News

June 13, 2019
summer 2015

A Gut Feeling: Microbiome–Cancer Link

Recent studies have shown that assessing the genetic changes in fecal samples can accurately reflect the status of the gut microbiome, and may be useful for the early diagnosis of diseases.

read more
May 27, 2019
summer 2015

Essential Science: Is anxiety linked to our gut microbiome?

Microbiome research has advanced considerably since the first results from the U.S. National Institutes of Health led Human Microbiome Project were released. One area of interest is the connection between our microorganisms and anxiety symptoms.

read more
May 20, 2019
summer 2015

Coffee Consumption Alters Microbiome and Improves Gut Motility

Coffee alters our microbiomes? It seems independently of caffeine, coffee changes our microbes and increases gut motility. Cheers to new research!

read more
May 17, 2019
summer 2015

What Does the Microbiome Have to Do with Stress and Depression?

“The microbiome of babies whose mothers are depressed during pregnancy is depleted of many important bacteria that may have beneficial effects for the infant’s well-being.”

read more
April 23, 2019
summer 2015

Fecal Microbiota Transplantation: Effective Treatment With Economic Benefits

Healthy donor feces is a life-saving therapy, and the treatment provides huge cost savings -- fecal microbiota transplantation (FMT) saves at least $1.2 million each time 50 patients are treated for Clostridium difficile at a public hospital. These are the perspectives of the first observational study in the world to detail the process for the 50 patients who received FMY for Clostridium difficile colitis in 2014 and 2015 as an alternative to antibiotics.

read more
April 12, 2019
summer 2015

Can changing the microbiome reverse lactose intolerance?

After childhood, about two-thirds of the world’s human population loses the ability to digest milk. As far as we know, 100% of nonhuman mammals also lose this ability after weaning. The ongoing ability to digest lactose, the main sugar in milk, into adulthood is a biological abnormality.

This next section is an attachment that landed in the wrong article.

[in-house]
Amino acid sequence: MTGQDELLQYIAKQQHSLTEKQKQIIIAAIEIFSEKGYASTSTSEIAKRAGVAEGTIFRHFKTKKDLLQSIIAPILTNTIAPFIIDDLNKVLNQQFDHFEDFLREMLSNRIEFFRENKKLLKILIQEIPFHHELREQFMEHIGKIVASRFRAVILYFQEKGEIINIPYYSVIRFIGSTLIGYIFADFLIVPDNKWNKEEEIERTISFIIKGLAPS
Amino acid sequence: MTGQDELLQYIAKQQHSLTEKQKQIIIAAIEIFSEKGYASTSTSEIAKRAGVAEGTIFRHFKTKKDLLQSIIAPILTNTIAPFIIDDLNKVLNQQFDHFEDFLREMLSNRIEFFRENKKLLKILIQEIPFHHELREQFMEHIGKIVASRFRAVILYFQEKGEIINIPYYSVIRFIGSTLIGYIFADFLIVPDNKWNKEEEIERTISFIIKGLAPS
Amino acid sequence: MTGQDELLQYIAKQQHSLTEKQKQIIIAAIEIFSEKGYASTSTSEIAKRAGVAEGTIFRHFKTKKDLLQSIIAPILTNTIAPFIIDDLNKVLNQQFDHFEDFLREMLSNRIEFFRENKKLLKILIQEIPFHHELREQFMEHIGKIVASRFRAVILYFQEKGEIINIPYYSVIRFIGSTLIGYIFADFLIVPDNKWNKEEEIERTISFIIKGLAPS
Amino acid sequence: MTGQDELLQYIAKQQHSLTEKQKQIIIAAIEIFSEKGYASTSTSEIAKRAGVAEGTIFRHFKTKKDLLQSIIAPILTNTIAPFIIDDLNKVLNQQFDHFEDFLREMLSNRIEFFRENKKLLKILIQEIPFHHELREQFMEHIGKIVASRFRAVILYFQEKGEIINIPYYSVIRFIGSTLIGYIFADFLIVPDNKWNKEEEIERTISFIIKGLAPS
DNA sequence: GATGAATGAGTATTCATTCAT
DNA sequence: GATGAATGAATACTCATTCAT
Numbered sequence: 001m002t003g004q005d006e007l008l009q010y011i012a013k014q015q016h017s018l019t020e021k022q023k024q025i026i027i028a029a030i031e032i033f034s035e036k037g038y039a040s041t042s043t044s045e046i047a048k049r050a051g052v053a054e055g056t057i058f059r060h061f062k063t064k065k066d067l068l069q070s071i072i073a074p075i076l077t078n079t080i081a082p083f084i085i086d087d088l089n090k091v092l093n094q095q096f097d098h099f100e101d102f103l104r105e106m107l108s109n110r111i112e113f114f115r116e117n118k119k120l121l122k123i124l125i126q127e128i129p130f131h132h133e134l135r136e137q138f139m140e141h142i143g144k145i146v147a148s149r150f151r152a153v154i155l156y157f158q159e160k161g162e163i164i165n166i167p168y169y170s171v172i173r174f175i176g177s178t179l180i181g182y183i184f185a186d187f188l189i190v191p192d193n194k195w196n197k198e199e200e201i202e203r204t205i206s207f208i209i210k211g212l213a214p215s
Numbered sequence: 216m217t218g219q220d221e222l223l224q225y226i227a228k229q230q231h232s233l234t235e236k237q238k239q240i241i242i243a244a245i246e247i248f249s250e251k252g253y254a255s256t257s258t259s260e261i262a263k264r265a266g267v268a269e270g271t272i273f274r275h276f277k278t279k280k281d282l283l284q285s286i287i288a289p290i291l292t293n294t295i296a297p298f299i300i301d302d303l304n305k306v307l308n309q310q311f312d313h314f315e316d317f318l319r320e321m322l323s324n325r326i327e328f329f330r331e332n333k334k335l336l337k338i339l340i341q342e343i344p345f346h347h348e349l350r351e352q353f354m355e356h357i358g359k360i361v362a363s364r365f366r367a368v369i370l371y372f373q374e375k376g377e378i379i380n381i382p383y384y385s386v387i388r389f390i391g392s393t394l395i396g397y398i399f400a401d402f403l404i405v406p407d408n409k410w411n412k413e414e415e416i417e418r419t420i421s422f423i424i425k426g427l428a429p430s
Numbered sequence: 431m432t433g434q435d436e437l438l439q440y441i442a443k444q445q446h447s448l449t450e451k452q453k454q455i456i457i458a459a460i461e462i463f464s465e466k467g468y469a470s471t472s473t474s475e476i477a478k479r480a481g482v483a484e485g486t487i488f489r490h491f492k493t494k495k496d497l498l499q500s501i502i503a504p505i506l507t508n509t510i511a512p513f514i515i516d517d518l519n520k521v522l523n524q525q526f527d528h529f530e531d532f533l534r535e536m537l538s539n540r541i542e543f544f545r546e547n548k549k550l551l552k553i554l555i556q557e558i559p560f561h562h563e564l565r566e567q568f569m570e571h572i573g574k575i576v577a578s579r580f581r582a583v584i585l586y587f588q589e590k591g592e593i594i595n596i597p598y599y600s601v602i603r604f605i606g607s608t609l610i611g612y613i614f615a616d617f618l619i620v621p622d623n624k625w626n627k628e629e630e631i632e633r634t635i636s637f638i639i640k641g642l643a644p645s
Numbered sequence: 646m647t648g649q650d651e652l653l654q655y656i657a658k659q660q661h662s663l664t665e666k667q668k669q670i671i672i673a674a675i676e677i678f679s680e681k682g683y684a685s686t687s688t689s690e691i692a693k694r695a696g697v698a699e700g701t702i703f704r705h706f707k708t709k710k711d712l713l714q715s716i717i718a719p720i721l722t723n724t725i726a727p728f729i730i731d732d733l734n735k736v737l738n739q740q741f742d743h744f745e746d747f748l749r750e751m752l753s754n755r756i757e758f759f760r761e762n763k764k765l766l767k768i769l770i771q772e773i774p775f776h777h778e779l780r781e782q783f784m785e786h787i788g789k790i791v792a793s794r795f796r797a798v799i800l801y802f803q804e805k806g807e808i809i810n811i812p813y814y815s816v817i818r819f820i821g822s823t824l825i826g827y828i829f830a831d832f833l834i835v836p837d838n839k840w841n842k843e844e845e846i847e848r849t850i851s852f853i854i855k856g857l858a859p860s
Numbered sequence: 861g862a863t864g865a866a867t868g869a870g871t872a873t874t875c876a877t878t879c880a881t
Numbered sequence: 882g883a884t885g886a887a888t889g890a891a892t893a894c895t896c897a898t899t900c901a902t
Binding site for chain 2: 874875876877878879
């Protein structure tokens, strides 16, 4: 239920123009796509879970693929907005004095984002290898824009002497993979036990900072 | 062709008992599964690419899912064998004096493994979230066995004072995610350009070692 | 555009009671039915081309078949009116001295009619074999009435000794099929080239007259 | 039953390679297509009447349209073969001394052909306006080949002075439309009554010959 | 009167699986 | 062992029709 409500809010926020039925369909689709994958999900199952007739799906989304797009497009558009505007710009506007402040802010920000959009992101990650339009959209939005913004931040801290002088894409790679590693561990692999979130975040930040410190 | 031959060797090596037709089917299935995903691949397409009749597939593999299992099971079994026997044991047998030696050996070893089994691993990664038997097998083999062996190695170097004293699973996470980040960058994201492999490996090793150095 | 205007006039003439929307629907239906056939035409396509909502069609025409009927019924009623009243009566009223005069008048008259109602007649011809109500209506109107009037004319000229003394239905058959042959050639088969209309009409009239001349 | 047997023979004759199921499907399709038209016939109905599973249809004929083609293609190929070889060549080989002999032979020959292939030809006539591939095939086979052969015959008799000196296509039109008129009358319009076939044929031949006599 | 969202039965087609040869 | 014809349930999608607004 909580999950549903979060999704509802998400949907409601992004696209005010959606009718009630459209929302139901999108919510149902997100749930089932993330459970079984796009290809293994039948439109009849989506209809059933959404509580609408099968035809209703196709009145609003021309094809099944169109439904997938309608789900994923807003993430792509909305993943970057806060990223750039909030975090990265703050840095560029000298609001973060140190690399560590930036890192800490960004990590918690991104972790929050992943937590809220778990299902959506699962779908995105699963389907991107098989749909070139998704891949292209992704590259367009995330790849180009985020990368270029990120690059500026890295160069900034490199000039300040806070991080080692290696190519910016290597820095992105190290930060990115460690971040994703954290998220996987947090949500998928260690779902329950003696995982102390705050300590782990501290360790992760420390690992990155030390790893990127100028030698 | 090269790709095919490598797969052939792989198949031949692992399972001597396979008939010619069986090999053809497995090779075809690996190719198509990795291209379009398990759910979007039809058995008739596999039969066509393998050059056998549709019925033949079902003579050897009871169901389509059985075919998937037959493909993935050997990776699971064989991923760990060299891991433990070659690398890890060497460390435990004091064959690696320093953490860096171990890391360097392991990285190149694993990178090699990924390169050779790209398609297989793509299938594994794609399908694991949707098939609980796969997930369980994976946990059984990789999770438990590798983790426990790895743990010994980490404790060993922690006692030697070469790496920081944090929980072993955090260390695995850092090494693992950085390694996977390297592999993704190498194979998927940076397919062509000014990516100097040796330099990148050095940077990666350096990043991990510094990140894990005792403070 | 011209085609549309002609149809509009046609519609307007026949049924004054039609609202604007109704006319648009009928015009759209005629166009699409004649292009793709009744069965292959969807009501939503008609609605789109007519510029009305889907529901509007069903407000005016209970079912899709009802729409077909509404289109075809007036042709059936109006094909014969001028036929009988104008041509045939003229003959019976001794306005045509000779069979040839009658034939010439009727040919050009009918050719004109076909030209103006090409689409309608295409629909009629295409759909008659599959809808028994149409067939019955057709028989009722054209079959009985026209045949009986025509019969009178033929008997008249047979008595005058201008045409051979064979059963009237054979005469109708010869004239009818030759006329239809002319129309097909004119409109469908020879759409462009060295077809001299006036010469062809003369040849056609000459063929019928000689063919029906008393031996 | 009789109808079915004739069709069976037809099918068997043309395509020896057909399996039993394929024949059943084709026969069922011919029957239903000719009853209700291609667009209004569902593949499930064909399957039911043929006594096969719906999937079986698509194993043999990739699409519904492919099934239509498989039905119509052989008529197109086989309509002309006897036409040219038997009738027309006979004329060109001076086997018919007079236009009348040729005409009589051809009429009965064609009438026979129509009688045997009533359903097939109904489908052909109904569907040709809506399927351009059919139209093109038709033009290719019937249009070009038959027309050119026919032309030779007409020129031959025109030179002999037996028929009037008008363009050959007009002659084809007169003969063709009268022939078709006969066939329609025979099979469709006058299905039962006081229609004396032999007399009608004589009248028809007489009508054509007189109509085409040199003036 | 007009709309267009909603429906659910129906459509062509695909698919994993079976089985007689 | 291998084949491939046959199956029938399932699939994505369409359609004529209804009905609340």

read more
April 10, 2019
summer 2015

Radical Fecal Transplant Therapy in Kids Has Reduced Their Autism Severity by 47%

Transforming the microbial environment in the guts of children diagnosed with autism could significantly ease the severity of their condition's signature traits, according to newly published research.

read more
April 6, 2019
summer 2015

A Mysterious Infection, Spanning the Globe in a Climate of Secrecy

Types of antibiotic-resistant bacteria and fungi have increased significantly in the past few years. C. auris is a type of fungus that is turning out to be deadly in some patients. The CDC believes the fugus was born in Asia due to the insatiable use of fungicides on crops. Very few have acknowledged the C. auris outbreak, but it seems to be another "superbug" added to the ever-growing list.

read more
March 20, 2019
summer 2015

Untangling the microbiome - with statistics

Stanford News illustrates the intricacies of the gut microbiome. Bacterial communities are highly individual from person to person. Which explains why some therapies may work for some but not for others.

read more
March 19, 2019
summer 2015

Novel research links an aging gut microbiome with heart disease

The University of Colorado Boulder has found that as we age, the gut microbiota produces toxic molecules that we do not want! These can cause inflammation in our heart tissues. There is a relationship between our gut microbiota and our heart health, who would've known?

read more
March 13, 2019
summer 2015

Gut check on cancer

"What does a healthy microbiome have to do with cancer and recovery after treatment?" Dr. Alexander Khoruts and The University of Minnesota's Microbiota Therapeutics Program are spotlighted here; illustrating where the research is today and the life-changing potential for the future!

read more
March 7, 2019
summer 2015

The Gut Microbiome Helps Warm the Cockles of Your Core

The Chinese Academy of Sciences published new research saying that gut bacteria is associated with how well we maintain our body temperatures. Mice were shown to have difficulty staying warm when their gut microbiomes were limited by antibiotic usage. Is gut bacteria to blame if you always run cold?